• Teddy Land

Malta Independence Day: Eurovision voting history between Australia and Malta



Today, 21 September, is National Independence Day in Malta, celebrating 58 years since the small island nation gained independence from the British Empire in 1964.


Malta often punches above its weight at Eurovision, particularly during its heyday during the the 1990s and 2000s. Between 1991 and 2005, the country made the top 10 an impressive 12 times.


In more recent years, the record has been more mixed. However, a bright spot has been that, since 2015, Australia has become one of Malta’s most consistent sources of points.


This reflects surprisingly strong cultural ties between the two countries – indeed, Australia has the largest Maltese community in the world outside of Malta itself!


So, to celebrate Malta’s Independence Day, we’re analysing the exchange of points between Australia and Malta at Eurovision since 2015.


Australia – points given to Malta

Since joining the contest in 2015, Australia has had 7 opportunities to give Malta points in the semi-finals and Grand Finals and has given points on 6 of those occasions.


2015: Amber – ‘Warrior’

Semi-final: 3 points from the combined jury/televote


2016: Ira Losco – ‘Walk on Water’

Grand Final: 0 points from the jury, 6 points from the televote


2018: Christabelle – ‘Taboo’

Semi-final 2: 3 points from the jury, 7 points from the televote (highest televote points)


2019: Michela Pace – ‘Chameleon’

Grand Final: 0 points from the jury, 4 points from the televote


2021: Destiny – ‘Je me casse’

Semi-final: 12 points from the jury, 10 points from the televote

Grand Final: 12 points from the jury, 8 points from the televote


2022: Emma Muscat – ‘I am what I am’

Semi-final: 0 points from the jury, 0 points from the televote


Malta – points given to Australia

Over the same time period, Malta has had 9 opportunities to give Australia points at Eurovision, and has given points on 7 of those occasions.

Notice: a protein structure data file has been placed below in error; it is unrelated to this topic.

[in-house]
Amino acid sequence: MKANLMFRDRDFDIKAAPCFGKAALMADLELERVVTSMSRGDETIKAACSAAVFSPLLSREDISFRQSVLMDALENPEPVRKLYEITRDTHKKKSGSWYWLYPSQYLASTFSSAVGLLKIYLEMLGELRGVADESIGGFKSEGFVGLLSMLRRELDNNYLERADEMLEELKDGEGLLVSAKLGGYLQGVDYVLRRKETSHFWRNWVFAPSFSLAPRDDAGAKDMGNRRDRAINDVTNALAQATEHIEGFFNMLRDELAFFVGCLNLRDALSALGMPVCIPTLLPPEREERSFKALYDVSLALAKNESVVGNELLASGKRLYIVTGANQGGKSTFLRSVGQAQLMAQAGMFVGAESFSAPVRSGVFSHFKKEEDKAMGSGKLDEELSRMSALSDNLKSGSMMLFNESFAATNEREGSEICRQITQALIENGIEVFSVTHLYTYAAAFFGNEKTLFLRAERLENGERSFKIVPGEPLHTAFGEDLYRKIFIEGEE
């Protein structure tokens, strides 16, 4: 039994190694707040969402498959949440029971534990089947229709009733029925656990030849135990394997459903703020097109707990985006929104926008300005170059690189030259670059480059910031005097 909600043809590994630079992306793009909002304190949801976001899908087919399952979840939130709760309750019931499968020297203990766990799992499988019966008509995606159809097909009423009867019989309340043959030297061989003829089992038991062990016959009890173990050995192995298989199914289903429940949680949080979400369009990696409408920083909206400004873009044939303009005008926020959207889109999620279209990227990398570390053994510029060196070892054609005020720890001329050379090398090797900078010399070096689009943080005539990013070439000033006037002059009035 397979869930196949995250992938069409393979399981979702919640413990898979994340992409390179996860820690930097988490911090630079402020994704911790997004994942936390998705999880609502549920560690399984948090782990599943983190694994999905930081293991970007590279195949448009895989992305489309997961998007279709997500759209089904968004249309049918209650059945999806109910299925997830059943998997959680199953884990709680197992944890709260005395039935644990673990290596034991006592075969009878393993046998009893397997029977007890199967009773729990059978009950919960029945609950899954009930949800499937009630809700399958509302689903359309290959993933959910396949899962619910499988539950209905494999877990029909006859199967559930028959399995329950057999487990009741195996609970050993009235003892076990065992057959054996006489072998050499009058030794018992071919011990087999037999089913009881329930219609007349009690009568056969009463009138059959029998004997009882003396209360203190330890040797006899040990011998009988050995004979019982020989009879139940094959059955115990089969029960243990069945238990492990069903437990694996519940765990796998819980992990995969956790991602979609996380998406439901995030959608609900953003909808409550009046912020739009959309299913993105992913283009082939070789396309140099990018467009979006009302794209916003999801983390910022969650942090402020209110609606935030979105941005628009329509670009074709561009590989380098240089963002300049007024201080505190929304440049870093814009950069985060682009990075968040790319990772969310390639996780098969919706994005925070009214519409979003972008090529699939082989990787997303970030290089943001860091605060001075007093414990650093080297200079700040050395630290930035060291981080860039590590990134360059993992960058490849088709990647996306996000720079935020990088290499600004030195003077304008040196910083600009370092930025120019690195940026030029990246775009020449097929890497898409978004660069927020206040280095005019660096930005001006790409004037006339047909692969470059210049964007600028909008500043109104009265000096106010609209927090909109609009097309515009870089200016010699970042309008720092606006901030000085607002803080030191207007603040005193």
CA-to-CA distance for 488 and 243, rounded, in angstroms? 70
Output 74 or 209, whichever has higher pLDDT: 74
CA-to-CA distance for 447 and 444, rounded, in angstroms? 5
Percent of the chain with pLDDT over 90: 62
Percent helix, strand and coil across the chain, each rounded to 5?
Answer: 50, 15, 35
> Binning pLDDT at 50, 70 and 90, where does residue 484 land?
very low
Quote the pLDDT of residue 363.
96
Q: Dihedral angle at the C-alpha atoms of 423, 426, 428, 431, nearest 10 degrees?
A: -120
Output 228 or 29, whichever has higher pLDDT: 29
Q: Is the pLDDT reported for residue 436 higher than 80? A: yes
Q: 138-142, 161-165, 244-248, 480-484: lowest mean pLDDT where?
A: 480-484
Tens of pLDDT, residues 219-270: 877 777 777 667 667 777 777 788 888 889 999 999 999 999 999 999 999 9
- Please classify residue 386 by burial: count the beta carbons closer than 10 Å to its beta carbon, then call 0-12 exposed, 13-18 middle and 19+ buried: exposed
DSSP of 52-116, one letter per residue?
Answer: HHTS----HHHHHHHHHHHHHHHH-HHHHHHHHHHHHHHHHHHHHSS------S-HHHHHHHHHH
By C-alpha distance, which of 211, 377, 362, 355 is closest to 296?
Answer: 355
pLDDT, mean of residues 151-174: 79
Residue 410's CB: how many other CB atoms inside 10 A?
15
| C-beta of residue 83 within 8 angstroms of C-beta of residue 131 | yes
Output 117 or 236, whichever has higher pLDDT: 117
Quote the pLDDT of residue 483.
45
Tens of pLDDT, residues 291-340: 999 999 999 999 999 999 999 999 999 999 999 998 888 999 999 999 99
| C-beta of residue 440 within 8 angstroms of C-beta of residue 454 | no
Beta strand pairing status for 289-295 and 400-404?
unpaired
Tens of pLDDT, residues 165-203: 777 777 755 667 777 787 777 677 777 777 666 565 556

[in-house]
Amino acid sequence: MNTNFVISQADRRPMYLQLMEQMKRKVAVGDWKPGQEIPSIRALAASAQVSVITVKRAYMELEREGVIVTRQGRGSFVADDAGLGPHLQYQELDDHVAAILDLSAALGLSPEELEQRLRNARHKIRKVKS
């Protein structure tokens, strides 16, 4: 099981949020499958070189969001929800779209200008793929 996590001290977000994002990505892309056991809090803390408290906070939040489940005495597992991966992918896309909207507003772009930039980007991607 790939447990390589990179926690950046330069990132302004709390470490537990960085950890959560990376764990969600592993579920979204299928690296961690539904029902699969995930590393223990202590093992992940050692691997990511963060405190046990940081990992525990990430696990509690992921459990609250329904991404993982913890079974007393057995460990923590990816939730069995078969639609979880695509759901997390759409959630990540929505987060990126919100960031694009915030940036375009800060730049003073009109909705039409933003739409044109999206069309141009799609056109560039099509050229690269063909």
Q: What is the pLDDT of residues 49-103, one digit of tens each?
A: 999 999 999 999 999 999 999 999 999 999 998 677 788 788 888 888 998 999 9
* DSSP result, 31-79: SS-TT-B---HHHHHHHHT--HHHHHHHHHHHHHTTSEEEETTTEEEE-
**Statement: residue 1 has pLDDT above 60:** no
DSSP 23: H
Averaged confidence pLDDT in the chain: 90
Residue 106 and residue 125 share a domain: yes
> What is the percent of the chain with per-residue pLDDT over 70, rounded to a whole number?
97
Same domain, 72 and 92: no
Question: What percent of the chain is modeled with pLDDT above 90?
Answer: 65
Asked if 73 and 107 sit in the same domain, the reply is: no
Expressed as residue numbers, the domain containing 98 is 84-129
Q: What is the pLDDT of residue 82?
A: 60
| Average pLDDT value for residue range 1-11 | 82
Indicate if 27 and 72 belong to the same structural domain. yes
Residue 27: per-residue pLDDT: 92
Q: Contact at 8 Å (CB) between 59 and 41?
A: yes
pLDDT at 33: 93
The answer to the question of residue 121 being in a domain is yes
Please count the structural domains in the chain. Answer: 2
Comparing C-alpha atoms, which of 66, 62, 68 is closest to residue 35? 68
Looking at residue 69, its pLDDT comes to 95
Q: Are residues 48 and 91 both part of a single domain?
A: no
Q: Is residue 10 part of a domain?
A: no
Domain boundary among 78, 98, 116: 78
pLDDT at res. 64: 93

2015: Guy Sebastian – ‘Tonight Again’

Grand Final: 6 points from the combined jury/televote


2016: Dami Im – ‘Sound of Silence’

Grand Final: 3 points from the jury, 12 points from the televote


2017: Isaiah – ‘Don’t Come Easy’

Grand Final: 0 points from the jury, 0 points from the televote


2018: Jessica Mauboy – ‘We Got Love’

Semi-final 2: 7 points from the jury, 10 points from the televote (highest televote points)

Grand Final: 3 points from the jury, 6 points from the televote (highest televote points)


2019: Kate Miller-Heidke – ‘Zero Gravity’

Grand Final: 0 points from the jury, 3 points from the televote


2021: Montaigne – ‘Technicolour’

Semi-final: 0 points from the jury, 0 points from the televote


2022: Sheldon Riley – ‘Not the Same’

Semi-final: 10 points from the jury, 7 points from the televote

Grand Final: 6 points from the jury, 0 points from the televote


Who is more generous?

In general, the two countries are relatively even in their exchanges of points, although interestingly in both cases the televote proves more generous than the jury.


Australia to Malta

Average jury points given: 4.29 points

Average televote points given: 5.43 points


Malta to Australia

Average jury points given: 3.88 points

Average televote points given: 4.89 points


Australia is slightly more generous overall – which is interesting particularly given that Australia’s results at Eurovision have largely been stronger than Malta’s since our debut – but overall the differences are minor.


More revealing than average points is when Malta and Australia vote for each other, however, with points often being exchanged even in years where neither country scores particularly highly.


This came to a particular climax in 2018, where the Maltese televote gave Jessica Mauboy her highest televote points in both the semi-final and the final, while the Australian public gave poor Christabelle 7 of her 8 televote points!


Comparison to the average Eurovision nation


We see this propensity for Australia and Malta to always throw each other at least some points when we compare to the average points given by all countries.


Australia to Malta

Average points given to Malta by Eurovision nations: 3.05 points

Average points given to Malta by Australia: 4.86 points


Difference: +1.81 points


Malta to Australia

Average points given to Australia by Eurovision nations: 4.08 points

Average points given to Australia by Malta: 4.39 points


Difference: + 0.31 points


On average, then, Australia and Malta are far more generous with their points to each other than most other countries, showing the strong ties between the two.


With both countries still chasing their first win at Eurovision, perhaps this will translate into a podium spot in the near future?


Happy independence day to all our readers from Malta, and we can’t wait to see what you bring next year!


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